- To build your career, the contacts you develop during such "unofficial" internships are invaluable.
- Before you start approaching people in the film business for work, you have to have film business cards with reliable and up to date contact information.
Contacts Lead to Contacts
There are several ways to arrange an internship. Sometimes, people approach film crews while in production and offer to help. While the offer gets refused, it doesn't hurt to ask. If you're persistent, the chances are that eventually, they'll give in and let you do some work on the shoot. It may not be the kind of work you had in mind, but once you get on a set with a production company, you have the opportunity to meet people who can help you get a "real" job in the film business. And then, pass out your business cards.
Whatever tactic you choose or however you try to get your first job in the film business, make sure you keep at it with the right attitude, odds are you will eventually run into someone who will take you up on your offer.
Once you get an internship, get to know as many people on the production as you can.
- Contacts lead to contacts, and eventually, the job you want in the business.
- In the film business, it's all about networking, and the more people you get to know, the more likely you'll find work in your chosen field.
- People make it in the business because they asked, searched, persisted, and finally landed a job on the set.
Where Crews are Hired
In addition to full-time and freelance jobs, there's a third way you can work in the film industry—free. It doesn't sound like a good idea and certainly not something you want—or be able—to do for too long, but it is a way to get a foot in the door.
There are, in fact, film productions where crews are "hired" for no pay at all. In such instances, the producer may offer the crew shares in the film or some other form of deferred payment—the chance to make money if and when the film itself makes money. If nothing else, the opportunity to share in the profits of the film serves a considerable motivation for the crew to do its best and help maximize the film's chances for success.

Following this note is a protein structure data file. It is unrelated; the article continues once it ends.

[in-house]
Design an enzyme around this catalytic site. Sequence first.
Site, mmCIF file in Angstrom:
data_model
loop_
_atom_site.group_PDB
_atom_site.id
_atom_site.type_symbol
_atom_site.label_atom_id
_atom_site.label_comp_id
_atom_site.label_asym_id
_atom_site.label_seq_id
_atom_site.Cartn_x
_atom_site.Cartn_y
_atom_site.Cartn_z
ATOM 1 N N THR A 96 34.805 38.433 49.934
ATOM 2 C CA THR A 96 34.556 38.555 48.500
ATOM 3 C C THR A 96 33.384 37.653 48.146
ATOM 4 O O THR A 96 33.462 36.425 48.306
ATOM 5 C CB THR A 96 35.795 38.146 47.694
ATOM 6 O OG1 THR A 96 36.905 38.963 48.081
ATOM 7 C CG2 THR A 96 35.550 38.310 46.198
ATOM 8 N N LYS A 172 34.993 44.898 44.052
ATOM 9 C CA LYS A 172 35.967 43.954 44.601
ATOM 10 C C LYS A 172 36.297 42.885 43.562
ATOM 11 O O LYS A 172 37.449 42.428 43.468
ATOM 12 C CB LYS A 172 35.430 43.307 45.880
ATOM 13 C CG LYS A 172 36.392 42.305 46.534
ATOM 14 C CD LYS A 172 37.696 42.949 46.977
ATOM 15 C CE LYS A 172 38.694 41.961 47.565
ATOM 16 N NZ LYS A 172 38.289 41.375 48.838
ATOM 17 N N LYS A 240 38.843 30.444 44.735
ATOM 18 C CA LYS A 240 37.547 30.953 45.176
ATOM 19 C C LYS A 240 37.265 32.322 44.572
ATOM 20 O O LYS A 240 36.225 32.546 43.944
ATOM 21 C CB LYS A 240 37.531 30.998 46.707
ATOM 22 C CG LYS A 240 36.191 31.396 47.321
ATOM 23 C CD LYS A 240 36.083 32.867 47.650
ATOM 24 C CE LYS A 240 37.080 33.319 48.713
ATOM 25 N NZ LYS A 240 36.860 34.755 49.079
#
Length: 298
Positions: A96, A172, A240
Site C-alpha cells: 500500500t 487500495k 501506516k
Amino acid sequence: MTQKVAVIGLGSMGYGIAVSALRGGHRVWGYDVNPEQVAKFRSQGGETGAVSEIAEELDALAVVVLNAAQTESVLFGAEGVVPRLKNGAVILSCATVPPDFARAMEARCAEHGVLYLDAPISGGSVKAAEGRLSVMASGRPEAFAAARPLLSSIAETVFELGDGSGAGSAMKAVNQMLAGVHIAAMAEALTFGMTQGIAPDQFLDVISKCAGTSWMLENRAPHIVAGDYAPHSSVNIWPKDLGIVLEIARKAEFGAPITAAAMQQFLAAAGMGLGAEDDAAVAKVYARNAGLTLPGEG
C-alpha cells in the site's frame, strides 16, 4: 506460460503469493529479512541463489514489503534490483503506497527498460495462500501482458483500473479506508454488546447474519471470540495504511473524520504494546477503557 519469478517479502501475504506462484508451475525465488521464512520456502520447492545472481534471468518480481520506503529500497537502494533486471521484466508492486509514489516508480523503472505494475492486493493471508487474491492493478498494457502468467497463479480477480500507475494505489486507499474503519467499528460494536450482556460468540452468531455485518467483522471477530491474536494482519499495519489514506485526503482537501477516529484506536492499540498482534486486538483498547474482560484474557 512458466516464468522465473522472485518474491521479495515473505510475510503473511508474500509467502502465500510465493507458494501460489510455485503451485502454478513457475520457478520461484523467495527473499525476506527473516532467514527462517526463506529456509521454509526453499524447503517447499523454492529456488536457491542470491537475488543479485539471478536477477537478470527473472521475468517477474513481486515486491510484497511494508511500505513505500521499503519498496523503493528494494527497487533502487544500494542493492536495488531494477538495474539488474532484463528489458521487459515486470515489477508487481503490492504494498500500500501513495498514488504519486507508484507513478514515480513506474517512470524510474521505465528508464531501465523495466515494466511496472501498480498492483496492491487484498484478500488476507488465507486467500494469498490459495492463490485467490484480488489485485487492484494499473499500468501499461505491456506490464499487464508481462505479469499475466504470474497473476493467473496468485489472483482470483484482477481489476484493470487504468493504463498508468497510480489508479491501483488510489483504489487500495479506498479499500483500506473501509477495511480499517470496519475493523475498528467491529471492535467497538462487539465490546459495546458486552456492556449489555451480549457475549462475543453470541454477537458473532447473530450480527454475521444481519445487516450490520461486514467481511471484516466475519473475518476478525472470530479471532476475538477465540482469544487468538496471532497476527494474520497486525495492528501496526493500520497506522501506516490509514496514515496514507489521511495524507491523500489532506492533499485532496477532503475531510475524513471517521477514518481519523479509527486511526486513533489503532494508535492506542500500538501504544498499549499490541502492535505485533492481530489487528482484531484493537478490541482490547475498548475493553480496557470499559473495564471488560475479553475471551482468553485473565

Although the arrangement looks like exploitation, it benefits both producer and crew. How else can a filmmaker with little or no money for production get a team? How else can inexperienced crew members get experience? Ultimately—whether the film is a success or not and to at least some extent—both sides get what they want: the filmmaker gets his movie made, and the new crew members get some valuable experience that they can put on their resumes.
What Do You Think?
Would you work for free to break into the film industry?
Working on the Film Set
Making a career in film requires patience and perseverance. The production manager says, "No," don't take it personally. Keep working at it until you find a crack in the door, and you get your big break.
This article is accurate and true to the best of the author’s knowledge. Content is for informational or entertainment purposes only and does not substitute for personal counsel or professional advice in business, financial, legal, or technical matters.
© 2007 Kenna McHugh